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Subject: Re: [boost] Geometry and spatial indexes, my opinion
From: Simonson, Lucanus J (lucanus.j.simonson_at_[hidden])
Date: 2008-10-09 14:06:45

>> In VLSI layout we sometimes represent the layer as the z axis of a 3D
>> coordinate system. Because there are only tens of layers we can use
>> something smaller than int to store it. However, the compiler will
>> often pad it back to word aligned addressing and insert padding bytes
>> into a data structure, reducing the memory savings. Also,
>> all arithmetic is 32 bit or greater, so there is no advantage in
>> smaller data types for local operations. I think it is perfectly
>> reasonable to allow point classes to have heterogeneous coordinate
>> types, but require them to cast to and from a homogeneous coordinate
>> type at the interface between that object and the geometry library.
>> all three examples, we would make the coordinate type of the
>> between the point and the library int and allow the 16 bit value to
>> up to 32 bits when it is read into an algorithm and back down to 16
>> when it is written out.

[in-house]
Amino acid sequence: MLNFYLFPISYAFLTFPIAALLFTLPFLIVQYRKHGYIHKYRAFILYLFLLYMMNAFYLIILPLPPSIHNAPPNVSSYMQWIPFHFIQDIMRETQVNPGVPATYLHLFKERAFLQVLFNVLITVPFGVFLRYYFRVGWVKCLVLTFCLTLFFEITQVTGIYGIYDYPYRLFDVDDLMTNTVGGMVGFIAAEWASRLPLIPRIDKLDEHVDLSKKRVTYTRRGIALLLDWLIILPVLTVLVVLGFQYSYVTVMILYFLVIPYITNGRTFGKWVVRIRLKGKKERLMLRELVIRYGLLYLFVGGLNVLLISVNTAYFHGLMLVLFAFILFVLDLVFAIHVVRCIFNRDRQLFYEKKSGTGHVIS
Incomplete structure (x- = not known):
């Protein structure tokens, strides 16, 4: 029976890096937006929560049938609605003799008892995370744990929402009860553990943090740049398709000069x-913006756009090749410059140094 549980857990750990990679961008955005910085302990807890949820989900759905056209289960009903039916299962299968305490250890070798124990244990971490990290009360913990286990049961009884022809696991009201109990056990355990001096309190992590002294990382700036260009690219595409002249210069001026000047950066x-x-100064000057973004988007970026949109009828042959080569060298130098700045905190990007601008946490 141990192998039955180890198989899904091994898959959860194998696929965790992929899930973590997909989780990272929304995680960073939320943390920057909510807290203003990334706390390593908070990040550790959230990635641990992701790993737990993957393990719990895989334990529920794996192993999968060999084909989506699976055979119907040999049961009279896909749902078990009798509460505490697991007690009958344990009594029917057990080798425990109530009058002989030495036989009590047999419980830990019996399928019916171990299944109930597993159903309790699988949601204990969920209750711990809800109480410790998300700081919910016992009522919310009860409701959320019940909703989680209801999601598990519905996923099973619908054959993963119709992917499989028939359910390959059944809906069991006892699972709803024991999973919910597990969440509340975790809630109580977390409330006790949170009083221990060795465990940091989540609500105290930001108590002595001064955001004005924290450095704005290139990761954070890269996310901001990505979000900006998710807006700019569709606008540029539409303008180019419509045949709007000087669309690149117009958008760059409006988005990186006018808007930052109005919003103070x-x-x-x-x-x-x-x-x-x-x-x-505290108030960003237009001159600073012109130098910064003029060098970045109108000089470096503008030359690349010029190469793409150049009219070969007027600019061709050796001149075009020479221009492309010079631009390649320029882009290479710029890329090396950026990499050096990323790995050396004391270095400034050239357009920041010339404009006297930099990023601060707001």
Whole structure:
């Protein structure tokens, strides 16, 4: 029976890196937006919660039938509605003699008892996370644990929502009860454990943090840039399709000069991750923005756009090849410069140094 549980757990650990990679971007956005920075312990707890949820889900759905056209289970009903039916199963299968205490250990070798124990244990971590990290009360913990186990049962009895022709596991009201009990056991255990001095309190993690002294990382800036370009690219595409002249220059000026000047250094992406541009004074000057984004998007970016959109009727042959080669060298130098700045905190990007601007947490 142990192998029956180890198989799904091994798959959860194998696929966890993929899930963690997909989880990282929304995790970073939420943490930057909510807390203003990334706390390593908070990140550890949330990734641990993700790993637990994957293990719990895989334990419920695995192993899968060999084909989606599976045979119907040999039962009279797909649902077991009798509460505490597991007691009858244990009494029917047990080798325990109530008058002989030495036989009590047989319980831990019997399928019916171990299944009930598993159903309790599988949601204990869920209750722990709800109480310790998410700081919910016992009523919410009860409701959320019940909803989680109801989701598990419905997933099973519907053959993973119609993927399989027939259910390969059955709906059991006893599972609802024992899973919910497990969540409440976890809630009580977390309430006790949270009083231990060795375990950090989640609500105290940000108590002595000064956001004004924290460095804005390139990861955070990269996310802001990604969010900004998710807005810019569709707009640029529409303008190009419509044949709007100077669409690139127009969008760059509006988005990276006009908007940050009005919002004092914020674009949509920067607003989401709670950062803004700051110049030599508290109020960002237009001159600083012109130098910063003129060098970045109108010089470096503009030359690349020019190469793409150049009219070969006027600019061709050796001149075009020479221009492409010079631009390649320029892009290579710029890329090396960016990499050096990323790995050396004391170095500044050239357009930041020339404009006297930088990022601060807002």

--Michael Fawcett wrote:
>I don't understand why the interface or algorithm cares whether it's
>homogeneous or heterogeneous.

The interface or the algorithm must necessarily be much more complex to
accommodate heterogeneous coordinates. Moreover, you have a real
problem with casting when you do arithmetic between heterogeneous
coordinates in an algorithm.

x_coordinate_type x;
y_coordinate_type y;
?_coordinate_type result = x+y;

You would probably have to register a type for casting to:

x_coordinate_type x;
y_coordinate_type y;
general_coordinate_type result = (general_coordinate_type)x +

Which is exactly what you do if you cast to the general coordinate type
in the interface between the algorithm and the data type.


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